Marie Rottrová

70's

Marie Rottrová – Tisíc Tváří Lásky / Single (1971) / Supraphon

Marie Rettrová – Poslední Hemingwayova Fotka / Pěšky Po Dálnici (1977) / Supraphon

Born November 13, 1942OstravaHrušov, Czech RepublicSinger, Pianist, Composer, TV Presenter. The so-called Lady Soul!

Ex-The Majestic and Flamingo!

Marta Kubišova

1969, Clip
1969, Clip

Marta Kubišová – Tak Dej Se K Nám A Projdem Svět / Single (1969) / Supraphon

Marta Kubišová – Svlíkám Lásku / Single (1969) / Supraphon

Born November 1, 1942, České Budějovice, Czech Republic. Singer, Actress and TV Presenter. She was the most popular female pop singer in Czechoslovakia in the late ’60s. In 1967 she won Zlatý Slavík award (Golden Nightingale). Her song ‘Prayer for Marta’ became a symbol of national resistance against the occupation of Warsaw Pact troops in 1968. During the Prague Spring, she recorded over 200 (?!!) single records and one LP, Songy a Balady in 1969, which was immediately banned from stores. In 1970, the government falsely accused her of making pornographic photographs leading to a ban from performing in the country until 1989. (!)

Ex-Golden Kids!

Sarolta Zalatnay

sarolta zalatnay

Sarolta Zalatnay & Skorpio – Hadd Mondjam El / Same (1973) / Pepita

Sarolta Zalatnay & Metro – Zold Borostyán / …Ha Fiú Lehetnék (1970) / Qualiton

aka Charlotte Sachert, December 14, 1947, Budapest, Hungary. Famous controversial Singer, Actress, Writer, already known from previous posts here in ‘IM’check out our exclusive. Known as the Hungarian Janis Joplin!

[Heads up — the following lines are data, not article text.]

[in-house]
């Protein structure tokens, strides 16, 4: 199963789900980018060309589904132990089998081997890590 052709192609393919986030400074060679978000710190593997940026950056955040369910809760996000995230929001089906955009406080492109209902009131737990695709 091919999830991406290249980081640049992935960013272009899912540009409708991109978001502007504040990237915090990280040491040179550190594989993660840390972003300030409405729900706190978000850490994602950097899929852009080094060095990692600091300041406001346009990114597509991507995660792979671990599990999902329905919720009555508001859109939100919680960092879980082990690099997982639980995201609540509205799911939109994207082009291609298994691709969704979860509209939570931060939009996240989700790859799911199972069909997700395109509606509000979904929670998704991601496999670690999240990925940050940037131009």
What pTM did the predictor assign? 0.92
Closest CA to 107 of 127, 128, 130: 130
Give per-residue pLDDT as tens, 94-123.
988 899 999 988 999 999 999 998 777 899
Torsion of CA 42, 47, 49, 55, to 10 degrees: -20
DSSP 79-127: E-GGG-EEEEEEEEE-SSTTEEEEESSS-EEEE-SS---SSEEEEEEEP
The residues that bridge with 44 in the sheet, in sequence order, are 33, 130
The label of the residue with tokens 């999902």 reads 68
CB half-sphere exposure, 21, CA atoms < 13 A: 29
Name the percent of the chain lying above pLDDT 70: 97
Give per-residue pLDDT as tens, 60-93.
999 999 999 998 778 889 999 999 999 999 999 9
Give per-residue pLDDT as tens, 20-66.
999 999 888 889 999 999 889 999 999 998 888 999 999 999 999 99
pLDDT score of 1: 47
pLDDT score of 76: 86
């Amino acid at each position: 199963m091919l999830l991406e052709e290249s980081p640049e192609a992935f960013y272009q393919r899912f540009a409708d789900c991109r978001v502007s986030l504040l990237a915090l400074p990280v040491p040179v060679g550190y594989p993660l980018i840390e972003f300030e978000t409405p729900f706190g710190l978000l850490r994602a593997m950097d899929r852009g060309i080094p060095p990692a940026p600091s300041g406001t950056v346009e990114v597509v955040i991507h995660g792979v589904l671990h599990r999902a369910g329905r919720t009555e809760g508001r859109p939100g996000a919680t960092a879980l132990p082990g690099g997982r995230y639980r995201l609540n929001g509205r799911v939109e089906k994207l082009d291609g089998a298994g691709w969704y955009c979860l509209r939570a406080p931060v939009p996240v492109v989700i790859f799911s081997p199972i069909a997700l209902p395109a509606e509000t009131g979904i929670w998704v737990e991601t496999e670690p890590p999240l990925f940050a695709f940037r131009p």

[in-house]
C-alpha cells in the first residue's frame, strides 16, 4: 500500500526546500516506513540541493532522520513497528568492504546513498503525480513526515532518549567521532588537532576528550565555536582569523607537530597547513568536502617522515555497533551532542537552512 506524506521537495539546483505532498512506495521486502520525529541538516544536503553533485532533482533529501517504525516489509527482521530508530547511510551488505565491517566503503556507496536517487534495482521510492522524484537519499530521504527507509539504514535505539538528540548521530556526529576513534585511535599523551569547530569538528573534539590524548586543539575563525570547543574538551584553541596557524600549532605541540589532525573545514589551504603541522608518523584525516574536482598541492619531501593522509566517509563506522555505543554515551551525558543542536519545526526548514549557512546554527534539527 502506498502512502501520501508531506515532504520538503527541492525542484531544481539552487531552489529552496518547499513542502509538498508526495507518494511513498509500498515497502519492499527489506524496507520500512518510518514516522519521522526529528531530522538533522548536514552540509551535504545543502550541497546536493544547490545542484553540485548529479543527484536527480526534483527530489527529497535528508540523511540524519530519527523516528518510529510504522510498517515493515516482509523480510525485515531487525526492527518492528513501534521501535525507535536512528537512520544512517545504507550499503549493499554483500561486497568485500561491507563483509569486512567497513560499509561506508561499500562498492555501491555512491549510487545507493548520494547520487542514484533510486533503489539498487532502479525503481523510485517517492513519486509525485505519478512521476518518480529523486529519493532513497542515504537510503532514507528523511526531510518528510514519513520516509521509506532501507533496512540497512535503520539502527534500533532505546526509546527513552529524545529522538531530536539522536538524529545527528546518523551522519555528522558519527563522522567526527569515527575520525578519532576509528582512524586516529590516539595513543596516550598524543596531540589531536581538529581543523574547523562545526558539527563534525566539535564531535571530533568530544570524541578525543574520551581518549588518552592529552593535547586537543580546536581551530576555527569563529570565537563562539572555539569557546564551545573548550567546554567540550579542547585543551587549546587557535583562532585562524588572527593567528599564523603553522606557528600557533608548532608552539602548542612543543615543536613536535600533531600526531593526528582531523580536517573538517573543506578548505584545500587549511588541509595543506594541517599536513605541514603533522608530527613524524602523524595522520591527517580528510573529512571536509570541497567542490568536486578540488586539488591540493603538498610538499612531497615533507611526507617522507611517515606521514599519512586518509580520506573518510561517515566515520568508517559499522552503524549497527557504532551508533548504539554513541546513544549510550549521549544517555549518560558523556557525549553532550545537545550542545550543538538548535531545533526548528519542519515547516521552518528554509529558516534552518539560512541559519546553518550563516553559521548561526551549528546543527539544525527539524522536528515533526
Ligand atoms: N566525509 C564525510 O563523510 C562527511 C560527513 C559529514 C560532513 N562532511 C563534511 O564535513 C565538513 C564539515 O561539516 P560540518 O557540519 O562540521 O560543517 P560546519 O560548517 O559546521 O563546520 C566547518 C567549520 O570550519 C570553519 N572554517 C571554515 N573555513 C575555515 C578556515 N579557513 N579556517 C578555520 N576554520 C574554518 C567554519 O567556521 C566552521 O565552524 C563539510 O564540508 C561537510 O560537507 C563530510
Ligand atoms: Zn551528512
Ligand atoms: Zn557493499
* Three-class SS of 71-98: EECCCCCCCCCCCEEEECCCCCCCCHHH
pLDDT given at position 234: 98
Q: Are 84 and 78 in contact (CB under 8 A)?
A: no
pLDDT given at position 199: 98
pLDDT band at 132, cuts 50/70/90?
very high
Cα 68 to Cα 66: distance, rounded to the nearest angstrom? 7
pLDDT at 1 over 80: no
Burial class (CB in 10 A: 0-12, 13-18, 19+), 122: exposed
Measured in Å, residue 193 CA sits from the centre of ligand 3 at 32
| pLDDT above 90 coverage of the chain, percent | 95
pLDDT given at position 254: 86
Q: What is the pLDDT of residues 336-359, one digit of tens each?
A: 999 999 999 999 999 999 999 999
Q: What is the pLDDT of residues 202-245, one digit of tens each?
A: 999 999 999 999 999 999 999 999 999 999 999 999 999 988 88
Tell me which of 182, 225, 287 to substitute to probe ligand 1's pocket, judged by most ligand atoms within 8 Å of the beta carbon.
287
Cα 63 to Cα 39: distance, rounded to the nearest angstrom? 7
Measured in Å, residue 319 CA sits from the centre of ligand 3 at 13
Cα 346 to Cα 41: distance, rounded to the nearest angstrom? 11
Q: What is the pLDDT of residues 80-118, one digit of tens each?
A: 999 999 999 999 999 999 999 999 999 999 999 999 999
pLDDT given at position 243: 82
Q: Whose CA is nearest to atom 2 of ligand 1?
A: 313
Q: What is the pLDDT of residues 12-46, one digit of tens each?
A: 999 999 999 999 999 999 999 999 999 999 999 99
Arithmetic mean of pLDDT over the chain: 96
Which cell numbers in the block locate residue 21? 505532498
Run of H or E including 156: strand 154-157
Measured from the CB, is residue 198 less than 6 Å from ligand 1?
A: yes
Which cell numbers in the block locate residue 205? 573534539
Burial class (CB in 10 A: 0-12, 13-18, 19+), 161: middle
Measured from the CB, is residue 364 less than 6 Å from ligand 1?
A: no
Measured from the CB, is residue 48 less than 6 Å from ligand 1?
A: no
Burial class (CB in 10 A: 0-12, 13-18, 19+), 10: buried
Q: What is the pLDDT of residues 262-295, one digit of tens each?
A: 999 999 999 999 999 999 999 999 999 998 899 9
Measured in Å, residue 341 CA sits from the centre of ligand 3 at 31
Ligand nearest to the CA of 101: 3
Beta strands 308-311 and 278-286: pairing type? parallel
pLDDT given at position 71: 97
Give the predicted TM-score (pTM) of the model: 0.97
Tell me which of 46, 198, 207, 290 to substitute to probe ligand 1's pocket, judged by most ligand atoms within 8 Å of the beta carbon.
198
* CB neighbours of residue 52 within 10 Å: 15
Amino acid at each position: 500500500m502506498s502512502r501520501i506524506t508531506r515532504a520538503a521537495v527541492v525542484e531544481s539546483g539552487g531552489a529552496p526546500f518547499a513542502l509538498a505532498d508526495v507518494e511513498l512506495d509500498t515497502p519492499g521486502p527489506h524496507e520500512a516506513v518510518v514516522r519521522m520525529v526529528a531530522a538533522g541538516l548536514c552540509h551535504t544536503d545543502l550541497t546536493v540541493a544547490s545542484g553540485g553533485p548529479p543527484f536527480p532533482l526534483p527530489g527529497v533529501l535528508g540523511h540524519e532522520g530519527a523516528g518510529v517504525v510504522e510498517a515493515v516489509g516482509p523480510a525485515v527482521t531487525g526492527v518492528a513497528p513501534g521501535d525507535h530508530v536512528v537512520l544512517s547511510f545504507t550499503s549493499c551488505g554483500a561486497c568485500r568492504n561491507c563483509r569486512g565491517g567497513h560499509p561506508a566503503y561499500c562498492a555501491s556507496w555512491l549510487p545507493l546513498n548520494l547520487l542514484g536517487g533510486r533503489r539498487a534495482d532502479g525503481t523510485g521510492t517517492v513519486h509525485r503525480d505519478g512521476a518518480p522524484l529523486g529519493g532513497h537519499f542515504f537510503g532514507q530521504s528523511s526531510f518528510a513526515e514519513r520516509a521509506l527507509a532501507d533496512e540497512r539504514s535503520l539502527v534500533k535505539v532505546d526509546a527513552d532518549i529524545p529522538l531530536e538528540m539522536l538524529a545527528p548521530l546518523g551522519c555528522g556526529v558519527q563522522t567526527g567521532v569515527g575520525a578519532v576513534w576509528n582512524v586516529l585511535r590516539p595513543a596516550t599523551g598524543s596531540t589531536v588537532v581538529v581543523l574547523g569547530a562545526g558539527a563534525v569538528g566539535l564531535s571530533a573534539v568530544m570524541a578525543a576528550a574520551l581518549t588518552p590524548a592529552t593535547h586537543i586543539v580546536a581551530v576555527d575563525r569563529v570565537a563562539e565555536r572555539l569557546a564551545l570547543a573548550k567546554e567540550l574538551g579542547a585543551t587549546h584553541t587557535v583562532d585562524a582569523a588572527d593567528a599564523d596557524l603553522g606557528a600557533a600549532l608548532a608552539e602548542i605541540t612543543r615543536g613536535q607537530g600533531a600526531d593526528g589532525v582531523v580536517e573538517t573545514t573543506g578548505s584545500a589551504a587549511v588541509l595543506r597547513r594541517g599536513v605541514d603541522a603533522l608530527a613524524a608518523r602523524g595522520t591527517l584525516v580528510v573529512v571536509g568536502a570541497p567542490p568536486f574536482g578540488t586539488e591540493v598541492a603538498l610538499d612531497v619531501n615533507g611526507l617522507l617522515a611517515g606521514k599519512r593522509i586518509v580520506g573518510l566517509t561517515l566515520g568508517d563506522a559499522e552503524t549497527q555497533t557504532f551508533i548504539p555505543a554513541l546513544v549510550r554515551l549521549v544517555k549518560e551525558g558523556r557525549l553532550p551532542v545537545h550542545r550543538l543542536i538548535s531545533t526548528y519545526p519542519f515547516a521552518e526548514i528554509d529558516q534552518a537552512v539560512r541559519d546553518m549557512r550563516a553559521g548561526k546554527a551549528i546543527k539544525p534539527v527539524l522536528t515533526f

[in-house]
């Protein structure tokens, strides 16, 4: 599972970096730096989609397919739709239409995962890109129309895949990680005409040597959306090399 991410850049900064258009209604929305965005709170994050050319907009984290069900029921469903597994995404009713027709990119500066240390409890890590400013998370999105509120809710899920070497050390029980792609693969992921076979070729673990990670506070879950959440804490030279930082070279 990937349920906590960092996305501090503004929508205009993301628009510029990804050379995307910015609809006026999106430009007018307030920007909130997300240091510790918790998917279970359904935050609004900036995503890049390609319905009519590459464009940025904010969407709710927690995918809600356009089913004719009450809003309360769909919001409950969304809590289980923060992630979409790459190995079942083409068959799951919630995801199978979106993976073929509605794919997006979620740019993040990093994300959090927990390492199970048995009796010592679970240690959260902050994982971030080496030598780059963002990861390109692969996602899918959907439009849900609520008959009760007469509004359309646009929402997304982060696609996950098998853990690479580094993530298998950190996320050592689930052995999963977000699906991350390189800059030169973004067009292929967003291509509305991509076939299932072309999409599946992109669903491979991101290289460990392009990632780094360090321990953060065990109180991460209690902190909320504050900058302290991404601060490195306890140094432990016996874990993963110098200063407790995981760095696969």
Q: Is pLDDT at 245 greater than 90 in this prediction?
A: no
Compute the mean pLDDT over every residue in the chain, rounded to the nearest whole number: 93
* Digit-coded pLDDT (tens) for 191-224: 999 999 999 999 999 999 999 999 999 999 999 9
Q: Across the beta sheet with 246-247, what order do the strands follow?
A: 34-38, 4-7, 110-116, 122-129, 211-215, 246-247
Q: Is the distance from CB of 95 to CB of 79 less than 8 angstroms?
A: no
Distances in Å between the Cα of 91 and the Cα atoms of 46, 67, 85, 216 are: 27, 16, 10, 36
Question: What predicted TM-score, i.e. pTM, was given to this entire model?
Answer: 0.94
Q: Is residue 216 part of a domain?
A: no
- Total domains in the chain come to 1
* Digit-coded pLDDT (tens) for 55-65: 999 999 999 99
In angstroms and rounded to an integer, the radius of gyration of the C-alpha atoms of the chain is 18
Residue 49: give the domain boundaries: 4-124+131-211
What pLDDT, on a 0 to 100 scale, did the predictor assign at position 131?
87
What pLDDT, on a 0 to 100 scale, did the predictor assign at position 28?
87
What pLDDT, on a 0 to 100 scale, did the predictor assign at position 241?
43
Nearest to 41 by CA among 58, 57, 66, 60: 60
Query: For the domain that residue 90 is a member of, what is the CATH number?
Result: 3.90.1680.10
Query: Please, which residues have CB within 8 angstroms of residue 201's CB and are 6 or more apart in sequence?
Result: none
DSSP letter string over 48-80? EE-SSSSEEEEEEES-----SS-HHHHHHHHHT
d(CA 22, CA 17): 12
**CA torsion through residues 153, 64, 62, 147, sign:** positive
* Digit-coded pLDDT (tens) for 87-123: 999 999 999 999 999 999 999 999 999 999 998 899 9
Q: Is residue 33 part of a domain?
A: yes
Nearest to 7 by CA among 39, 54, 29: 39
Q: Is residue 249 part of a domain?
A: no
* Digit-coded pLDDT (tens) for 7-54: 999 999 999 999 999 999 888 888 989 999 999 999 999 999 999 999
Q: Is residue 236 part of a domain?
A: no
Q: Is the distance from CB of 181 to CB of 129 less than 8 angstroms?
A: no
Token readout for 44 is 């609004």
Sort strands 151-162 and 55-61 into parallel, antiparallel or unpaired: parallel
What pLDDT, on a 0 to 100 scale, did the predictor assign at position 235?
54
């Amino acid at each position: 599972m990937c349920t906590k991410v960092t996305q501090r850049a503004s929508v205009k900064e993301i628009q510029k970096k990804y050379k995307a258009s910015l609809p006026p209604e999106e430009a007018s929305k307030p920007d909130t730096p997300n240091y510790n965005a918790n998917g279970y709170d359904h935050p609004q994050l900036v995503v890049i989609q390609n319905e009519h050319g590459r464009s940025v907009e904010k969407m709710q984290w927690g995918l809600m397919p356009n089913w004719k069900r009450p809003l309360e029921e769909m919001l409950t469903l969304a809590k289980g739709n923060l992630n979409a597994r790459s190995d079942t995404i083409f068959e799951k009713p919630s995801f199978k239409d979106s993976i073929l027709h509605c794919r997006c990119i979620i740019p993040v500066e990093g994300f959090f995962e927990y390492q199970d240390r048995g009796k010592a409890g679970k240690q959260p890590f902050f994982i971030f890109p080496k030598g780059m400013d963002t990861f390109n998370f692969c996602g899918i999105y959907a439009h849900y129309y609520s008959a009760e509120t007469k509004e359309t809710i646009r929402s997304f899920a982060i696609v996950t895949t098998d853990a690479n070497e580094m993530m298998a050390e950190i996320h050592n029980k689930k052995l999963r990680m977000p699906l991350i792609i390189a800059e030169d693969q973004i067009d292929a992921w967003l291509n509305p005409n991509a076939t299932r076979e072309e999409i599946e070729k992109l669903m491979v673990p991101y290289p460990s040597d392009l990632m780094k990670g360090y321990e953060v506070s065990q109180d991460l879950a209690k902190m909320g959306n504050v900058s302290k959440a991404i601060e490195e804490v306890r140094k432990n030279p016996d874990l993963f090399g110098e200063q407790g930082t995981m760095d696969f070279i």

We have an interesting study about the Rock development in the Eastern Bloc, from our homonyms friends which eventually will form the basis for other posts.

Be charmed by these mighty girls and bon vitage!

Metró, 1969
Metró, 1969

Salah Ragab (صلاح رجب) & The Cairo Jazz Band – Egyptian Jazz (1968-73)

folder cópia

At the time of the fall of the Egyptian monarchy in the early 1950s, less than half a million Egyptians were considered the upper class and rich, four million middle class and 17 million lower class and poor (!). Fewer than half of all primary-school-age children attended school, and most of them being boys. Egypt’s second president Gamal Abdel Nasser led Egypt through a victorious revolution in 1952. He was a proponent of cultural nationalism as a means of political independence.

Land reform and distribution, the dramatic growth in university education, and government support to national industries greatly improved social mobility and flattened the social curve. From 1953-54 through 1965-66, overall public school enrolments more than doubled. Millions of previously poor Egyptians, through education and jobs in the public sector, joined the middle class.

Doctors, engineers, teachers, lawyers, journalists, constituted the bulk of the swelling middle class in Egypt under Nasser.

Faten Hamama & Omar Sharif
Faten Hamama & Omar Sharif

Famous realist director, Kamal Al Sheikh became known for making compelling thrillers such as House Number 13 (1952), a film noir about a psychologist who tries to use his friend to commit a murder; Life or Death (1955), which unusually for the 50’s was shot on location in Cairo, and The Last Night which was nominated for the Golden Palme at the Cannes Film Festival in 1964!